His proof was further confirmed when he examined the bottom bracket that was labeled Bianchi 1950 and 1951.  As he sifted through the parts, something unusual about the gearing struck him. It wasn’t a derailleur shifting system that has run on bicycles for the last 60 years, but the Cambio Corsa shifting system  (For more information on Cambio Corsa, click here: http://patentpending.blogs.com/patent_pending_blog/2005/02/campagnolos_fir.html  and (http://davesbikeblog.squarespace.com/blog/2010/4/26/the-cambio-corsa-campagnolos-early-masterpiece.html), where a rider had to reach back behind them to shift gears.   In terms of the evolution of bicycle gearing, it was the missing link, so to speak.

Up close view of the Cambio Corsa system

To get an idea how difficult this is, watch this Youtube video on shifting:  https://youtu.be/A7rjurYxcNIThen imagine Coppi or Bartali doing this while riding up a mountain pass…during the Tour de France!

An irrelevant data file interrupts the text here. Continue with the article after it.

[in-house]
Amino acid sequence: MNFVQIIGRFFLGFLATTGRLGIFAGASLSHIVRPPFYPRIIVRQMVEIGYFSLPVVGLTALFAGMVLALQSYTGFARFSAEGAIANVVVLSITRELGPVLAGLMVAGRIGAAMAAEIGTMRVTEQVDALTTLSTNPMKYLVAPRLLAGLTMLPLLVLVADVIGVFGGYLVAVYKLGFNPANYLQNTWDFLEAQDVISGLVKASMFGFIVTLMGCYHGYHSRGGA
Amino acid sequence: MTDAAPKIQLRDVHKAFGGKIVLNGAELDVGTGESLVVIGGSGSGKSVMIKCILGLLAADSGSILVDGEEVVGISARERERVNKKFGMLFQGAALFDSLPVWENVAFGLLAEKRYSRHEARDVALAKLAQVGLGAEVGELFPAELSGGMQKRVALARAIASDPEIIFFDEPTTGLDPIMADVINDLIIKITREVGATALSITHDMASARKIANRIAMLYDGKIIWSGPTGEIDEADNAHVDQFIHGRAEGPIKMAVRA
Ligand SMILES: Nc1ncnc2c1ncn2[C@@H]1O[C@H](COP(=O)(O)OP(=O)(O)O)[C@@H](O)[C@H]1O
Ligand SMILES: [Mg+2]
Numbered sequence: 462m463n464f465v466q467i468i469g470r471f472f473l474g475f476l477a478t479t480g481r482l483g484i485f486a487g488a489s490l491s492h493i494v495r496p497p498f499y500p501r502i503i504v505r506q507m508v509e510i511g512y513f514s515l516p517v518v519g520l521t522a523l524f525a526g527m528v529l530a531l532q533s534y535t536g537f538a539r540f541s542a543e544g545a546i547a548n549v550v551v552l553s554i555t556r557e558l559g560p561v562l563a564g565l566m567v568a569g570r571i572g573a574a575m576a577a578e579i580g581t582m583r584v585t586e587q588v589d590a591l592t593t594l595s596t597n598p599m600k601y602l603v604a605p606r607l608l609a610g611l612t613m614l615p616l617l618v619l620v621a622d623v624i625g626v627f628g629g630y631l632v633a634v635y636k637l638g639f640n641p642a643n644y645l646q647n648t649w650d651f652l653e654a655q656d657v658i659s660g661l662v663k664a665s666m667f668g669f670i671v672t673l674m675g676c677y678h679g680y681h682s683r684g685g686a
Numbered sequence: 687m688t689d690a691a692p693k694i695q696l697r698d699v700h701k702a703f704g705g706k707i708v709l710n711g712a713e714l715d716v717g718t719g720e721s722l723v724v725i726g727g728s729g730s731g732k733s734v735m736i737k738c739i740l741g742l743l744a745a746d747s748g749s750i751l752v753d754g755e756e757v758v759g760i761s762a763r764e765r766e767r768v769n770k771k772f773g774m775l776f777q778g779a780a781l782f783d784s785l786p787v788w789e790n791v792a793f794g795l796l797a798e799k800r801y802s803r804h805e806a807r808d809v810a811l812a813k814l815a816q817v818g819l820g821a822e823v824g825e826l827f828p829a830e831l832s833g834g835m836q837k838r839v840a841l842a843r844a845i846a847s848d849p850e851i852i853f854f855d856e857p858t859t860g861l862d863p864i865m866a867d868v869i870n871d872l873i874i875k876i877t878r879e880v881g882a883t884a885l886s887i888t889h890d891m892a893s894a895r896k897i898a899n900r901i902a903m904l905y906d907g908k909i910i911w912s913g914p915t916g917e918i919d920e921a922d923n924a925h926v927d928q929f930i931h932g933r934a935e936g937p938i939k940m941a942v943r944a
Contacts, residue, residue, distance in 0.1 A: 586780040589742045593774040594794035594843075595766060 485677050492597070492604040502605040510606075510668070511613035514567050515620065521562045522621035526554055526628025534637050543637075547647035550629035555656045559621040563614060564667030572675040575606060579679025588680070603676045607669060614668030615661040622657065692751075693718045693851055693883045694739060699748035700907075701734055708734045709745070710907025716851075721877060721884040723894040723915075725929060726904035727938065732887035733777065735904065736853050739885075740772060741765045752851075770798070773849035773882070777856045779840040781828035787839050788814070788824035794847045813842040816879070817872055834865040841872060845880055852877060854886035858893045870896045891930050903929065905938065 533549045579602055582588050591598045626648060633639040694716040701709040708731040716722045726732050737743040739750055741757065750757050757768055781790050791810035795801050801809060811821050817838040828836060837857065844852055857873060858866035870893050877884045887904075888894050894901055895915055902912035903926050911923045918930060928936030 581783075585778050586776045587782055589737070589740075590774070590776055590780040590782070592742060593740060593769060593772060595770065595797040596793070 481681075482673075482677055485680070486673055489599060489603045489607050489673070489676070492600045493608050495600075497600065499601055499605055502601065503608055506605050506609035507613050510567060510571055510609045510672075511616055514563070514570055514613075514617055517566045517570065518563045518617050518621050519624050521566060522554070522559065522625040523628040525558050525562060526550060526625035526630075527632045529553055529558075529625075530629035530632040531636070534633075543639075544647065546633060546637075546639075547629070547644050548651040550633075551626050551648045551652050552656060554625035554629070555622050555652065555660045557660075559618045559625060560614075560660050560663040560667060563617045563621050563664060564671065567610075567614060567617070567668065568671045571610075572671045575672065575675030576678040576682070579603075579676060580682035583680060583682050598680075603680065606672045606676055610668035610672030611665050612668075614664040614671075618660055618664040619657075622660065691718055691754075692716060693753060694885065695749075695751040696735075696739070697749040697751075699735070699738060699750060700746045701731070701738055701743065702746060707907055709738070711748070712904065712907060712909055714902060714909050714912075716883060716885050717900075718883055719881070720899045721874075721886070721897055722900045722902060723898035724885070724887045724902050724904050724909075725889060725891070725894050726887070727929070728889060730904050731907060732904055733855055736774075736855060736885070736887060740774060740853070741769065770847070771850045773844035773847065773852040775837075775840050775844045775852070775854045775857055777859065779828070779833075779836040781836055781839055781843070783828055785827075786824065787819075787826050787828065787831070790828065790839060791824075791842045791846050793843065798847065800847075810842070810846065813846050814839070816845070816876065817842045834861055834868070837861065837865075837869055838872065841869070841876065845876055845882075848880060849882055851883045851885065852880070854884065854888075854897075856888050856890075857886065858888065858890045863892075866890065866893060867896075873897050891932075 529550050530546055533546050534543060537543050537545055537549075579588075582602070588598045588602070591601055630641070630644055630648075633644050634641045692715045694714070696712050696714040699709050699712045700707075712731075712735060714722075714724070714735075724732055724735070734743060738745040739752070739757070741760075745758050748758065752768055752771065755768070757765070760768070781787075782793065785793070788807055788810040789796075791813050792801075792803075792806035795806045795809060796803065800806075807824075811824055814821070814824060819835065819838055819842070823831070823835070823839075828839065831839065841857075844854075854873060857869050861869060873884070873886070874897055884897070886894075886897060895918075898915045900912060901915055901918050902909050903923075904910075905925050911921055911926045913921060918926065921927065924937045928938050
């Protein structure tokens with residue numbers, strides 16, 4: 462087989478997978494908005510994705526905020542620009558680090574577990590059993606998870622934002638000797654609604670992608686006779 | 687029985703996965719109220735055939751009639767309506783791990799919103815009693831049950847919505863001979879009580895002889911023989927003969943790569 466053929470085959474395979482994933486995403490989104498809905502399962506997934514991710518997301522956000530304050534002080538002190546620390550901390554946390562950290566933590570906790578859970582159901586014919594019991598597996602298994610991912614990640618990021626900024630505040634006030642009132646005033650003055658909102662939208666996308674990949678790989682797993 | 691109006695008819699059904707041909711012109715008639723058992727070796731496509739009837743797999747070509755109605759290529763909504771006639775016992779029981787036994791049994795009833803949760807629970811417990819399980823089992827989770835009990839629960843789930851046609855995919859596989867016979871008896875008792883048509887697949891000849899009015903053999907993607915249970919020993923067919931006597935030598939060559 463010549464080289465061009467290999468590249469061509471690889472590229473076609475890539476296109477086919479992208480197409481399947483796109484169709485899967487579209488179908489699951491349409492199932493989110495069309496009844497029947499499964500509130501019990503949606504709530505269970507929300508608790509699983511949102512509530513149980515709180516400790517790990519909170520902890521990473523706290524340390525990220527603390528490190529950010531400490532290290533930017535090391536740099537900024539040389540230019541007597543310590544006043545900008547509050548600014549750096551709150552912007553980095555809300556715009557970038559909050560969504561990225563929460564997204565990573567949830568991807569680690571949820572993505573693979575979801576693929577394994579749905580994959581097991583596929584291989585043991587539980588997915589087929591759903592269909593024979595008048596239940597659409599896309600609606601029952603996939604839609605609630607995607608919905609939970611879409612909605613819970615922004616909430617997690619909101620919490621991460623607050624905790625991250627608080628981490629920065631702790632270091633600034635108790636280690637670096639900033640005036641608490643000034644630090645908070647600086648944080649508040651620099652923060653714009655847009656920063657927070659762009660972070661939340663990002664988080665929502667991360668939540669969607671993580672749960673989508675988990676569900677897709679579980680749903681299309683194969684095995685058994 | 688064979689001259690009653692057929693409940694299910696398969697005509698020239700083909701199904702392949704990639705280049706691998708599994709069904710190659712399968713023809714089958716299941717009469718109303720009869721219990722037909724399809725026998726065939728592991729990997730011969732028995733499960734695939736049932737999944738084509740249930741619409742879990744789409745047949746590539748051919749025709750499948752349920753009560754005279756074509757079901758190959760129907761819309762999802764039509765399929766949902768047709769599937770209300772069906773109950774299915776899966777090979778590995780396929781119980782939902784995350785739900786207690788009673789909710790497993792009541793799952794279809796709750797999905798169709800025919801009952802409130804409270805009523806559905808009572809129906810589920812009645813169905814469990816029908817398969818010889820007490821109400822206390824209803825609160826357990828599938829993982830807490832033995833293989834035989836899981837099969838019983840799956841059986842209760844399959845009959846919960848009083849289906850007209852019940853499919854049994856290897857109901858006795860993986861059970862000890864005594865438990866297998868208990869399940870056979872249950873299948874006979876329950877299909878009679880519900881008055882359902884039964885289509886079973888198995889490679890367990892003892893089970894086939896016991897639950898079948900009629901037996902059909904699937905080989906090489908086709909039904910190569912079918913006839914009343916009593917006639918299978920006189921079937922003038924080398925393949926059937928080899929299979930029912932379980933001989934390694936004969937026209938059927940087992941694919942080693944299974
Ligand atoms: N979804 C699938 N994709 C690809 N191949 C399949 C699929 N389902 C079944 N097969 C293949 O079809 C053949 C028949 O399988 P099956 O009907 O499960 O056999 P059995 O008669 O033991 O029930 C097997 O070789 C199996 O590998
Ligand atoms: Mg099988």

Searching far and wide, Hopperstad found a Dolemite saddle, a rare double water bottle mount in England, brake levers from an eBay dealer in Poland, decals for this particular model Coppi raced on, the Paris Roubaix (he also rode a Campione del Mondo).  Along with the axles, he went totally authentic-40-hole rear and 32-hole front Ghisallo rims made from…wood.  Yes, wood.

The wooden Ghisallo wheels-named after the famed Italian hillside the Madonna del Ghisallo-where according to legend, a Marian apparition occurred.  It houses a chapel at the top, where the Patron Saint of Cycling is worshipped-complete with a place where bicycles of champions are displayed.

While Hopperstad said it cost a “pretty penny” (the tiny side-mounted cable housings were $25 apiece), he didn’t have to go far for some things-he found the right paint combination in Ventura. And the pedals were even closer.